f the third month, 1645, the levy upon the towns of the Province was £ 616. 15s.; and Medford's amount was £ 7. There were three kinds of taxes,--province, county, and town. The first tax-bills of Massachusetts Colony, which were made out by counties, began October, 1659 ; and, in these, the tax of Meadford was far lower than that of any adjoining town. In 1657, Meadford was taxed as one of the towns of the county of Middlesex, in a county levy, £ 3. 6s. 11d.; in 1658, £ 3. 3s. 1d.; in 1663, £ 4. 4s. 6d.; in 1670, £ 4. 12s.; in 1674, £ 4. 3s. 10d.; in 1676, £ 4. 1s. 10d. During these years, Cambridge was paying £ 40; Woburn, £ 25; Malden, £ 16; and Charlestown, £ 60. A county-tax of £ 1. 13s. 9d., levied on Meadford, Jan. 17, 1684, was paid by the inhabitants as follows:--  £s.d. Capt. Jonathan Wade064 Capt. Nathaniel Wade043 John Hall033 Caleb Brooks0111 Thomas Willis037 Stephen Willis0110 Peter Tufts, jun.034 Stephen Francis0110 John Whitmore017 Gershom Sw
Bible. The first Bible printed in America was Eliot's Indian translation, issued at Cambridge. Mass, in 1663. A German edition of the Bible, in quarto, was printed at Germantown, near Philadelphia, in 1743, by Christopher Saner. In 1782 Robert Aitkin, printer and bookseller in Philadelphia, published the first American edition of the Bible in English, also in quarto form; and in 1791 Isaiah Thomas printed the Bible in English, in folio form, at Woreester. Mass. This was the first in that form issued from the press in the United States. The same year Isaac Collins printed the English version, in quarto form, at Trenton, N. J.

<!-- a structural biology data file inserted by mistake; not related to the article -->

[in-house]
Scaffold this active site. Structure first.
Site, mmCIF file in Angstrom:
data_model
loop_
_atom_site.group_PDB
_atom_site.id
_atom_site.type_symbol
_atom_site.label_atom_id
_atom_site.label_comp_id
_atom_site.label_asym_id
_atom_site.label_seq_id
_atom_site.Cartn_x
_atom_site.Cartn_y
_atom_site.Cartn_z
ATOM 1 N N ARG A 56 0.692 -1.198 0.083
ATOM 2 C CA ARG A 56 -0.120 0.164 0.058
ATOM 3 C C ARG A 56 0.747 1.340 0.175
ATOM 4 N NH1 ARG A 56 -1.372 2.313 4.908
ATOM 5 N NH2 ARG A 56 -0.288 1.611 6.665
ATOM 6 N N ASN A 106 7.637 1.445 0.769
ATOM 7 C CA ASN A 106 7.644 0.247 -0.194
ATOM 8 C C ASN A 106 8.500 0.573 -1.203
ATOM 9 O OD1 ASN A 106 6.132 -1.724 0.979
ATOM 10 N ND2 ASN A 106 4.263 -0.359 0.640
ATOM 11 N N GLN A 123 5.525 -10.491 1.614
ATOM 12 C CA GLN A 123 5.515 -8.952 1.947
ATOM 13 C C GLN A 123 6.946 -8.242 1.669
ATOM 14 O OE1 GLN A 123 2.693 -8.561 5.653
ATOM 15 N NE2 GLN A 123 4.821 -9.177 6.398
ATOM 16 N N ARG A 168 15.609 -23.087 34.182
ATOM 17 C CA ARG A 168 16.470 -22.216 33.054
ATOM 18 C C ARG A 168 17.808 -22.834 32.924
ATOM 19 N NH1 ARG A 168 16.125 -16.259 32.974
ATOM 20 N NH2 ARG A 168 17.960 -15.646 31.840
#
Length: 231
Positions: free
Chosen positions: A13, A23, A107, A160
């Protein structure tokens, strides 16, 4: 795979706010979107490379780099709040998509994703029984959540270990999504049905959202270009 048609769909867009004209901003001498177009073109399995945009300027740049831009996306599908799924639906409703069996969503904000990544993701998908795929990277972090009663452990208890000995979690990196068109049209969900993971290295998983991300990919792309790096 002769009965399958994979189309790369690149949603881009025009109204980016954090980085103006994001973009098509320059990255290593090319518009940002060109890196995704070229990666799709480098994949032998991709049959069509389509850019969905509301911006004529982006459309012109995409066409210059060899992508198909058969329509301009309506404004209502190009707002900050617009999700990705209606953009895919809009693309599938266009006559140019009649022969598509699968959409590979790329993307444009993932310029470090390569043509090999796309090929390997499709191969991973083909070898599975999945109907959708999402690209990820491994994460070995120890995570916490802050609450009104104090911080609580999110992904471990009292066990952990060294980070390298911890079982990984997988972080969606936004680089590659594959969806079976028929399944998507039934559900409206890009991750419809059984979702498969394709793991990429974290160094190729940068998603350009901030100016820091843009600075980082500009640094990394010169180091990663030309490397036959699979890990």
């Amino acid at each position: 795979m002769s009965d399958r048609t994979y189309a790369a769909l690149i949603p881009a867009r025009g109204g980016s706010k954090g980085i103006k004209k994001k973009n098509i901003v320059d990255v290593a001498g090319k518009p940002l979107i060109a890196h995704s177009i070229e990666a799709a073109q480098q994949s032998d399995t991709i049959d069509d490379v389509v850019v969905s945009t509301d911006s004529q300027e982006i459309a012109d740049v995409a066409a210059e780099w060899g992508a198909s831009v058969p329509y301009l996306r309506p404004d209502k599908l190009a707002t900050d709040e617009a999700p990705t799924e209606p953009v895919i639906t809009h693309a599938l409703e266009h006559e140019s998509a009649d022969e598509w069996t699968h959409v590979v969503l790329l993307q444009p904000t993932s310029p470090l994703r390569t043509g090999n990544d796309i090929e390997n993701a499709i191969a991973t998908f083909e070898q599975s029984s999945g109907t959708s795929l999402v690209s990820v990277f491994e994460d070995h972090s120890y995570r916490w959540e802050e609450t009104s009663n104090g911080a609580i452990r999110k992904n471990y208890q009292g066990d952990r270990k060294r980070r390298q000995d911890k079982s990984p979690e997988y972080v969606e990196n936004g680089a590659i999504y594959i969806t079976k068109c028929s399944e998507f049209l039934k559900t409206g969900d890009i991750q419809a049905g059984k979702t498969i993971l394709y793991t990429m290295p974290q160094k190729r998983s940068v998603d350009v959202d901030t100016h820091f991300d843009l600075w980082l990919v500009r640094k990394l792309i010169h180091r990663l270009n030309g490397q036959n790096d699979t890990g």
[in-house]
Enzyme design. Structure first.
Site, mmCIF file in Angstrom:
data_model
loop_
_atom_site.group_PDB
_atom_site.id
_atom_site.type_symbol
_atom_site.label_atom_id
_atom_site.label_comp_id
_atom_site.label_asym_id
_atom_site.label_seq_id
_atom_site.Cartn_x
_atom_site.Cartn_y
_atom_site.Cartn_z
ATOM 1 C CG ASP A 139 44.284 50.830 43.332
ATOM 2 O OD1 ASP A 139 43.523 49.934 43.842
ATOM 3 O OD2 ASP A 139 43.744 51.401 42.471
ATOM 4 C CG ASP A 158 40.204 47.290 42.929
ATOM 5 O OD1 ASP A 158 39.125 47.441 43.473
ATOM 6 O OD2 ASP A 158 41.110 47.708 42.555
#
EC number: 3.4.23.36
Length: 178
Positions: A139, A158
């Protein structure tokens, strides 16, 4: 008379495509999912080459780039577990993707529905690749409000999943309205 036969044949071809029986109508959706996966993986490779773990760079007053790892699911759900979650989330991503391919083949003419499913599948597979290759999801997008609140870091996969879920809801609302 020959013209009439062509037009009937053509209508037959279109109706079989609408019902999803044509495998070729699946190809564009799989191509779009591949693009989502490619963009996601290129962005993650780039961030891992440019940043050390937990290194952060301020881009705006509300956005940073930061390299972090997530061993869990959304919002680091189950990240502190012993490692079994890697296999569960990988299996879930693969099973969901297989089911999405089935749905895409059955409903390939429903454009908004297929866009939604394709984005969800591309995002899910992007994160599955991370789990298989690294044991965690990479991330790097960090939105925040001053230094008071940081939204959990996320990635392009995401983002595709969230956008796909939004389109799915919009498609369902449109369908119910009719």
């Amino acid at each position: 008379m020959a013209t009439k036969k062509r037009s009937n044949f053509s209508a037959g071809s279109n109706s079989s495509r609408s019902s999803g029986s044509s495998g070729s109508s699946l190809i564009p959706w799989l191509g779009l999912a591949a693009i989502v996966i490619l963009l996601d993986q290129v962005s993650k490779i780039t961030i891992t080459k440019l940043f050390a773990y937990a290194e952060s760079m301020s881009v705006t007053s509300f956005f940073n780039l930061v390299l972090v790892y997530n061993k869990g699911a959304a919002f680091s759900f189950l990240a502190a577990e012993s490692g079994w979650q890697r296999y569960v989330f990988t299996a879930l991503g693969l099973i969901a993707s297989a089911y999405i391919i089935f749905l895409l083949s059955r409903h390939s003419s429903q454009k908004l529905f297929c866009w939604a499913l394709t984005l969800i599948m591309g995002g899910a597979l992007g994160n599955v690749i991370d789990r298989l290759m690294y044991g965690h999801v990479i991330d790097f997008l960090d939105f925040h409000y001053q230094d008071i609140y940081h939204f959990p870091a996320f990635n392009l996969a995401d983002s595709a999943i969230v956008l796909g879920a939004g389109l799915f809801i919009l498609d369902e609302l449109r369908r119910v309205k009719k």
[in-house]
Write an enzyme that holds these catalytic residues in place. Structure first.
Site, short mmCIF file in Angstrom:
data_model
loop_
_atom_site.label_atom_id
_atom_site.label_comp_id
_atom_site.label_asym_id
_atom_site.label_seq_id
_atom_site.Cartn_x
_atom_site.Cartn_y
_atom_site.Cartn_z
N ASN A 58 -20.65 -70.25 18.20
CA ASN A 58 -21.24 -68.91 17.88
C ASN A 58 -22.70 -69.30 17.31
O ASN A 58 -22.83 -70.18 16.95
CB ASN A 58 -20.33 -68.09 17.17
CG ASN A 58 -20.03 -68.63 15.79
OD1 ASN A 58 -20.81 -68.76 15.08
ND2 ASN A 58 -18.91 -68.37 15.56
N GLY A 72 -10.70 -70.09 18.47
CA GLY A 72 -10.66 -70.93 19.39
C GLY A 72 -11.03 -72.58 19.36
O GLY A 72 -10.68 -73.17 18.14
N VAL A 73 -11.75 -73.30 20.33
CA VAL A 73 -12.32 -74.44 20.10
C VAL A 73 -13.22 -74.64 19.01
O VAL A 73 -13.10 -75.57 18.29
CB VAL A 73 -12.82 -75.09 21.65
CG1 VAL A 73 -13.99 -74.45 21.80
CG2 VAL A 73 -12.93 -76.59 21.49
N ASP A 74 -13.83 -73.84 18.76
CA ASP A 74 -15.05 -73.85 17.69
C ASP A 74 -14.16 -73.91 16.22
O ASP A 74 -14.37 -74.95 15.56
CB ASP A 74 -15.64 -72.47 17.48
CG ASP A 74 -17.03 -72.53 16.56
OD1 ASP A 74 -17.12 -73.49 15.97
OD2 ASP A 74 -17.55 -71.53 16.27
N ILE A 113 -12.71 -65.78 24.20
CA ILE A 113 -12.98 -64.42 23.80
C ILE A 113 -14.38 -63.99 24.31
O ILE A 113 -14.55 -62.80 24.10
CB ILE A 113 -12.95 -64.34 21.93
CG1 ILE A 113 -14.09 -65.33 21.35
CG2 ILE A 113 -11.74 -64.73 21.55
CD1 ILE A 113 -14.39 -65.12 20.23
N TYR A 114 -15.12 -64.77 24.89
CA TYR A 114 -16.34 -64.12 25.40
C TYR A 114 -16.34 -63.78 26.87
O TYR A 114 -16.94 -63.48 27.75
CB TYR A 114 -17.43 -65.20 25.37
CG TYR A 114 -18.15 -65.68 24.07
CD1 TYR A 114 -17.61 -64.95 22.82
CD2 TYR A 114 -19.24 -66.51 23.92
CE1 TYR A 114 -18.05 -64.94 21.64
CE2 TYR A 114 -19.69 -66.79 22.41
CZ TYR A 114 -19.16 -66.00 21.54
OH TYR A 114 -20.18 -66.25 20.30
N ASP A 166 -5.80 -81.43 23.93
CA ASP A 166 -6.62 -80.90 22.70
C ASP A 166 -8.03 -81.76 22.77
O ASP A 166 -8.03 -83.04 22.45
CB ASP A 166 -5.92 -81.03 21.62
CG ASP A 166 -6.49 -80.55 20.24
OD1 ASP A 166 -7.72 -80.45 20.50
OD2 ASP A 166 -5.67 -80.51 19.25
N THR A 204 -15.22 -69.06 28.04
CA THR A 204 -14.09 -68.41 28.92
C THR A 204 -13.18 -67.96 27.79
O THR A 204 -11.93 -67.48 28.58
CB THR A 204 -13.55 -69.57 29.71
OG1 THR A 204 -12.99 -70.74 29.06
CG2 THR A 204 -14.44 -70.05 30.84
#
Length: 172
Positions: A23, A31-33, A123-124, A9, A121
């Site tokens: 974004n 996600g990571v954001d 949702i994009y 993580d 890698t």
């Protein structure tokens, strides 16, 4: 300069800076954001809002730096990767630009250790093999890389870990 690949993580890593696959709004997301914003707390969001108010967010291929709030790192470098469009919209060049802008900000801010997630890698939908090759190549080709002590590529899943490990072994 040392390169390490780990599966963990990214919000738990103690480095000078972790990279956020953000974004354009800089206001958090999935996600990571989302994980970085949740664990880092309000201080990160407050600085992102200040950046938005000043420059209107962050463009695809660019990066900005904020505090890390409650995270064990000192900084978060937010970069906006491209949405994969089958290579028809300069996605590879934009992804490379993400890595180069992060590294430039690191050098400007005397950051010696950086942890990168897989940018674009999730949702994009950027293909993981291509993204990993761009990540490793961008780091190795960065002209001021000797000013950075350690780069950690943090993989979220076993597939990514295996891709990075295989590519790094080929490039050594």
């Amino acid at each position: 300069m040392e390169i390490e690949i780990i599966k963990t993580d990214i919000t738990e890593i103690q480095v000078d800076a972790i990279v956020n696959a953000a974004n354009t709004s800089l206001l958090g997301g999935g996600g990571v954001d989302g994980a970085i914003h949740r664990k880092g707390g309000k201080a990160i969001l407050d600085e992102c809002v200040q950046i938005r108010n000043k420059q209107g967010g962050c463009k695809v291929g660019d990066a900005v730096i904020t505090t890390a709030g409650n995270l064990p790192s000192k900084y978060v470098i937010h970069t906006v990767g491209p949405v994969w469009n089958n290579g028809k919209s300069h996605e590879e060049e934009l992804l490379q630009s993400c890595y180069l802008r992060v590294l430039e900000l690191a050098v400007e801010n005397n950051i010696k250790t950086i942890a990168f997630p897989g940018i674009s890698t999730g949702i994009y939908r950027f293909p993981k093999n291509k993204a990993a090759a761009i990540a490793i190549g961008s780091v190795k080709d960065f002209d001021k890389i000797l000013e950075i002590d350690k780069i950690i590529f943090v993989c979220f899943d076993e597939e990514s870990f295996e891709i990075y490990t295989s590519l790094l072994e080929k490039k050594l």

Harper's Encyclopedia of United States History (ed. Benson Lossing), Clarke, John 1609-1676 (search)
shire, England, Oct. 8, 1609; emigrated to Boston in 1637, but, espousing the cause of Anne Hutchinson (q. v.), and claiming full toleration in religious belief, he was obliged to flee. He was welcomed to Providence by Roger Williams. He was one of the company who gained Rhode Island from the Indians, and began a settlement at Pocasset in 1638. A preacher of the Gospel, he founded, at Newport (1664), the second Baptist church in America. He was treasurer of the colony in 1649. Mr. Clarke was persecuted while visiting friends in Massachusetts, and driven out of the colony. He accompanied Williams to England in 1651 as agent for the colony, where he remained nearly twelve years, and returned (1663) with a second charter for Rhode Island. He resumed his pastorate at Newport, where for three successive years he was deputygovernor of the colony. His publications include Ill news from New England; Or a narrative of New England's persecution. He died in Newport, R. I., April 20, 1676.
Harper's Encyclopedia of United States History (ed. Benson Lossing), Colonial settlements. (search)
1644. A province lying between New Jersey and Maryland was granted to William Penn, in 1681, for an asylum for his persecuted brethren, the Quakers, and settlements were immediately begun there, in addition to some already made by the Swedes within the domain. Unsuccessful attempts to settle in the region of the Carolinas had been made before the English landed on the shores of the James River. Some settlers went into North Carolina from Jamestown, between the years 1640 and 1650, and in 1663 a settlement in the northern part of North Carolina had an organized government, and the country was named Carolina, in honor of Charles II., of England. In 1668 the foundations of the commonwealth of State of North Carolina (q. v.) were laid at Edenton. In 1670 some people from Barbadoes sailed into the harbor of Charleston and settled on the Ashley and Cooper rivers (see State of South Carolina). The benevolent General Oglethorpe, commiserating the condition of the prisoners for debt, in